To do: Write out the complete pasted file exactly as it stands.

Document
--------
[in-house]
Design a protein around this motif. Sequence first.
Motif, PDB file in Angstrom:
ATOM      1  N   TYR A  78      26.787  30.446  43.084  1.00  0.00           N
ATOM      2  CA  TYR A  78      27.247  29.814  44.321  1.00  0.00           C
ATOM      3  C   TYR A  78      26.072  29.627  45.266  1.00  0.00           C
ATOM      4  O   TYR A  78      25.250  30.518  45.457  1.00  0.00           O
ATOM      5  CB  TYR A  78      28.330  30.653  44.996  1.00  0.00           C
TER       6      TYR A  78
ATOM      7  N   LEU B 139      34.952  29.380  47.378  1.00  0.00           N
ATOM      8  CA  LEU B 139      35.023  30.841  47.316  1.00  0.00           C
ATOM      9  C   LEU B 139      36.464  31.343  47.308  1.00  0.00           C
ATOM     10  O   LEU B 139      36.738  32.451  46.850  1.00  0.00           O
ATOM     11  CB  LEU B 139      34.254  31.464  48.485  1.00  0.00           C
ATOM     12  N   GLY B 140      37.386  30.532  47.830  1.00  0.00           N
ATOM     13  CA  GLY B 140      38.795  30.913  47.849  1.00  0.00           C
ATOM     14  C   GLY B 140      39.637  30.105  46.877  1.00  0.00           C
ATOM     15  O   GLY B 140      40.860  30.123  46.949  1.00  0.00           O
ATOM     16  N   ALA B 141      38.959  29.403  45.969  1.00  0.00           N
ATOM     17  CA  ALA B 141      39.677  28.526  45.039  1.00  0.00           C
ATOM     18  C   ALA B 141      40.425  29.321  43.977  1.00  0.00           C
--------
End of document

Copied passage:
[in-house]
Design a protein around this motif. Sequence first.
Motif, PDB file in Angstrom:
ATOM      1  N   TYR A  78      26.787  30.446  43.084  1.00  0.00           N
ATOM      2  CA  TYR A  78      27.247  29.814  44.321  1.00  0.00           C
ATOM      3  C   TYR A  78      26.072  29.627  45.266  1.00  0.00           C
ATOM      4  O   TYR A  78      25.250  30.518  45.457  1.00  0.00           O
ATOM      5  CB  TYR A  78      28.330  30.653  44.996  1.00  0.00           C
TER       6      TYR A  78
ATOM      7  N   LEU B 139      34.952  29.380  47.378  1.00  0.00           N
ATOM      8  CA  LEU B 139      35.023  30.841  47.316  1.00  0.00           C
ATOM      9  C   LEU B 139      36.464  31.343  47.308  1.00  0.00           C
ATOM     10  O   LEU B 139      36.738  32.451  46.850  1.00  0.00           O
ATOM     11  CB  LEU B 139      34.254  31.464  48.485  1.00  0.00           C
ATOM     12  N   GLY B 140      37.386  30.532  47.830  1.00  0.00           N
ATOM     13  CA  GLY B 140      38.795  30.913  47.849  1.00  0.00           C
ATOM     14  C   GLY B 140      39.637  30.105  46.877  1.00  0.00           C
ATOM     15  O   GLY B 140      40.860  30.123  46.949  1.00  0.00           O
ATOM     16  N   ALA B 141      38.959  29.403  45.969  1.00  0.00           N
ATOM     17  CA  ALA B 141      39.677  28.526  45.039  1.00  0.00           C
ATOM     18  C   ALA B 141      40.425  29.321  43.977  1.00  0.00           C